- S. Zhan and S. C. Ho, “Meta-analysis of the effects of soy protein containing isoflavones on the lipid profile,” The American Journal of Clinical Nutrition, vol. 81, no. 2, pp. 397–408, 2005.
- K. Taku, K. Umegaki, Y. Sato, Y. Taki, K. Endoh, and S. Watanabe, “Soy isoflavones lower serum total and LDL cholesterol in humans: a meta-analysis of 11 randomized controlled trials,” The American Journal of Clinical Nutrition, vol. 85, no. 4, pp. 1148–1156, 2007.
- M. S. K. Lockheart, L. M. Steffen, H. M. Rebnord et al., “Dietary patterns, food groups and myocardial infarction: a case-control study,” British Journal of Nutrition, vol. 98, no. 2, pp. 380–387, 2007.
- E. P. López, C. Rice, D. O. Weddle, and G. J. Rahill, “The relationship among cardiovascular risk factors, diet patterns, alcohol consumption, and ethnicity among women aged 50 years and older,” Journal of the American Dietetic Association, vol. 108, no. 2, pp. 248–256, 2008.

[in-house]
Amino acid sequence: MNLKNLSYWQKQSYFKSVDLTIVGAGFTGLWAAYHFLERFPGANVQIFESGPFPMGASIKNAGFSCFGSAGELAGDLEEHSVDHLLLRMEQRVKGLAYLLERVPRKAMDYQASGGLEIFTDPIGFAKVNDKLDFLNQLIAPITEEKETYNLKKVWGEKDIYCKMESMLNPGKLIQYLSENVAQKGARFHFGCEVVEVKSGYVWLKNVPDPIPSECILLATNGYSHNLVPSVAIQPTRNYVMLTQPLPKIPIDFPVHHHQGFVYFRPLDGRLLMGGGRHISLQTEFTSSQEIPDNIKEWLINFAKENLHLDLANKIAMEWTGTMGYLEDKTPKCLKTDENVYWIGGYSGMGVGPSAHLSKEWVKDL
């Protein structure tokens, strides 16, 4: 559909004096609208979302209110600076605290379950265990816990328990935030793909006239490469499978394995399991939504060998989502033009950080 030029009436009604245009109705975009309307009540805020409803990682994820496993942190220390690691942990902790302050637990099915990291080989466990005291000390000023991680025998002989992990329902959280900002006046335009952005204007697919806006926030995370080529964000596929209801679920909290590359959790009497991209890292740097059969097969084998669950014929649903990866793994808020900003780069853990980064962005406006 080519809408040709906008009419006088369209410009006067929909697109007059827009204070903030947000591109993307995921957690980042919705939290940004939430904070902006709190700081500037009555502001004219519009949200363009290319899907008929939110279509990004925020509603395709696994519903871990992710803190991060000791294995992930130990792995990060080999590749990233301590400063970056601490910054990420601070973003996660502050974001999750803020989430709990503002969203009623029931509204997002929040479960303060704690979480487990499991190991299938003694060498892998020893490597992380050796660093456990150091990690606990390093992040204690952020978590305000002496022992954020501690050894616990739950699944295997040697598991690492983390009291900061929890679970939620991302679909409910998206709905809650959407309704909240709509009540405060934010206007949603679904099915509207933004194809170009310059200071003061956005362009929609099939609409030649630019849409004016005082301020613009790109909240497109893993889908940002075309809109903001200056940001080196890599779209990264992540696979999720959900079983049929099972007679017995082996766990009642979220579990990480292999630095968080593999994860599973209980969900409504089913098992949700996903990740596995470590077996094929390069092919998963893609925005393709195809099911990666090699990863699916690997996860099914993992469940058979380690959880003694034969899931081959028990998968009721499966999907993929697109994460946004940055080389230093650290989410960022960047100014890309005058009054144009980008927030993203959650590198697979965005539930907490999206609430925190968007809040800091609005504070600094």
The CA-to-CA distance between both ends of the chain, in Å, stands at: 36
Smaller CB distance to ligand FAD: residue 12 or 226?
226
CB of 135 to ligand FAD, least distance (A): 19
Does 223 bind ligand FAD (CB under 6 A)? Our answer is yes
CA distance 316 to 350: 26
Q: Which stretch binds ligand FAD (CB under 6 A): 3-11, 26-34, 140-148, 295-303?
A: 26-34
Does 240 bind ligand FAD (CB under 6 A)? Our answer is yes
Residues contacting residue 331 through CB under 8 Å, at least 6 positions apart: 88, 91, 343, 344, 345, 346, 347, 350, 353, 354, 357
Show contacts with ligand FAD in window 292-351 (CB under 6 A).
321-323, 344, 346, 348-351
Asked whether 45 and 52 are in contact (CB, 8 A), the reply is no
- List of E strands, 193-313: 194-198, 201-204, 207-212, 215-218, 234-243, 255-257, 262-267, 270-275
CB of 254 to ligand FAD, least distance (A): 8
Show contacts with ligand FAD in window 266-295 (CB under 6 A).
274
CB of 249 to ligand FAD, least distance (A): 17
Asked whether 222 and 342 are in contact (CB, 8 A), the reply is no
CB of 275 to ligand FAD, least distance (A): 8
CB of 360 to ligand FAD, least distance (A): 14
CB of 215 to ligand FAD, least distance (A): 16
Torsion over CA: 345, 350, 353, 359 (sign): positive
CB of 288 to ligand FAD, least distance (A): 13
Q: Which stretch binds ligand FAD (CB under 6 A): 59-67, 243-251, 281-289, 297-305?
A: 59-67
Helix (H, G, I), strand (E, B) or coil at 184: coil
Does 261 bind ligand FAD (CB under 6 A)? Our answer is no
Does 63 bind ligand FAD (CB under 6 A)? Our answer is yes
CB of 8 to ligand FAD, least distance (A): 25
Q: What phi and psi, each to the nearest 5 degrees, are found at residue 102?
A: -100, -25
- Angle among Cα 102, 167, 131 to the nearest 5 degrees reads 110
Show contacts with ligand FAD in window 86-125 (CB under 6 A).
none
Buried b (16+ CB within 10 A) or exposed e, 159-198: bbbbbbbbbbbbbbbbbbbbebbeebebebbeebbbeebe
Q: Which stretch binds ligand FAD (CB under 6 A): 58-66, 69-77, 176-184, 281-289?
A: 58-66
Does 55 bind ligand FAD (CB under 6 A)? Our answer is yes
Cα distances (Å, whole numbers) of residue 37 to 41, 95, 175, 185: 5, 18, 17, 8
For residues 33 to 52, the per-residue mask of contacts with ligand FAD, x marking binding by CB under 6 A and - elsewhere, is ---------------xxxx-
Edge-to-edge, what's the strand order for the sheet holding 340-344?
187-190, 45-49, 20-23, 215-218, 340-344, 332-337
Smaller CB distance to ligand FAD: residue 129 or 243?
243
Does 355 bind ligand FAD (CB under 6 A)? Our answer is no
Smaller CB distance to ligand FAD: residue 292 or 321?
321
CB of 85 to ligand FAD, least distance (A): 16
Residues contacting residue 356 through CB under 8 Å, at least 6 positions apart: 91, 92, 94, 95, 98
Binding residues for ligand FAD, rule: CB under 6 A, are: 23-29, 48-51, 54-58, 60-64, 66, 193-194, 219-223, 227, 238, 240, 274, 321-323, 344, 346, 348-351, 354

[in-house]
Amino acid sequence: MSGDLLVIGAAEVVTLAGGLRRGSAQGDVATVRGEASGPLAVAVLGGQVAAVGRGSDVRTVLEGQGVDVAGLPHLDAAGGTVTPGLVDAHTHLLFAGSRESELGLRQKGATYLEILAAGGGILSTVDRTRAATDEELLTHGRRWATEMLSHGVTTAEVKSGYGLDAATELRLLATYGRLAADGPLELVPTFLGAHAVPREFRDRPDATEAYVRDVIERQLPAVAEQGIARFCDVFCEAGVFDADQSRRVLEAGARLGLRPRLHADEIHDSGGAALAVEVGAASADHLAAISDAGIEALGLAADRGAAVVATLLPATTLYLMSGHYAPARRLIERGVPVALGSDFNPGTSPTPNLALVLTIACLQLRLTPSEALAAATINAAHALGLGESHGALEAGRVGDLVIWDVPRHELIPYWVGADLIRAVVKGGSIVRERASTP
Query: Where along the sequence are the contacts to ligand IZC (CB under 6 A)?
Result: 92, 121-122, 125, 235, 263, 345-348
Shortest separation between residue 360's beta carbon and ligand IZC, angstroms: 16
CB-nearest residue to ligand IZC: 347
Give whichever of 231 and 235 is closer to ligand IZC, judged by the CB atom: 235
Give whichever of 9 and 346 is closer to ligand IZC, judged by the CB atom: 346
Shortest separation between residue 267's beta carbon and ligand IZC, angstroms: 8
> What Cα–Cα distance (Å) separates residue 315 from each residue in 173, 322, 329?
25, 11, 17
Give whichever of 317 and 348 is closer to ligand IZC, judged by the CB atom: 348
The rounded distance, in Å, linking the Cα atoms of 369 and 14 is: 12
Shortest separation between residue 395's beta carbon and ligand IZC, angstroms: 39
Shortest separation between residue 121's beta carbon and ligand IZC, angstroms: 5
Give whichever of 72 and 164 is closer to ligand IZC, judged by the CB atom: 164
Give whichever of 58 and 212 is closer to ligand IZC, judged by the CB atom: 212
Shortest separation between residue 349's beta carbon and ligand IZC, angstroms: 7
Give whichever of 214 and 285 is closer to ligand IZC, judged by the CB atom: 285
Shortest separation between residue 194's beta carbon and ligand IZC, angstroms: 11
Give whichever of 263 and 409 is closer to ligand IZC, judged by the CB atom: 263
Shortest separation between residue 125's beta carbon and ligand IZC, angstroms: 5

- A. K. Kant and B. I. Graubard, “A comparison of three dietary pattern indexes for predicting biomarkers of diet and disease,” Journal of the American College of Nutrition, vol. 24, no. 4, pp. 294–303, 2005.
- T. T. Fung, M. L. McCullough, P. K. Newby et al., “Diet-quality scores and plasma concentrations of markers of inflammation and endothelial dysfunction,” The American Journal of Clinical Nutrition, vol. 82, no. 1, pp. 163–173, 2005.
- B. S. Shah, J. H. Freeland-Graves, J. M. Cahill, H. Lu, and G. R. Graves, “Diet quality as measured by the healthy eating index and the association with lipid profile in low-income women in early postpartum,” Journal of the American Dietetic Association, vol. 110, no. 2, pp. 274–279, 2010.
- O. A. Matvienko, D. L. Alekel, U. Genschel, L. Ritland, M. D. Van Loan, and K. J. Koehler, “Appetitive hormones, but not isoflavone tablets, influence overall and central adiposity in healthy postmenopausal women,” Menopause, vol. 17, no. 3, pp. 594–601, 2010.
- A. A. Fox, J. L. Thompson, G. E. Butterfield, U. Gylfadottir, S. Moynihan, and G. Spiller, “Effects of diet and exercise on common cardiovascular disease risk factors in moderately obese older women,” The American Journal of Clinical Nutrition, vol. 63, no. 2, pp. 225–233, 1996.
- D. Gallagher, S. B. Heymsfield, M. Heo, S. A. Jebb, P. R. Murgatroyd, and Y. Sakamoto, “Healthy percentage body fat ranges: an approach for developing guidelines based on body mass index,” The American Journal of Clinical Nutrition, vol. 72, no. 3, pp. 694–701, 2000.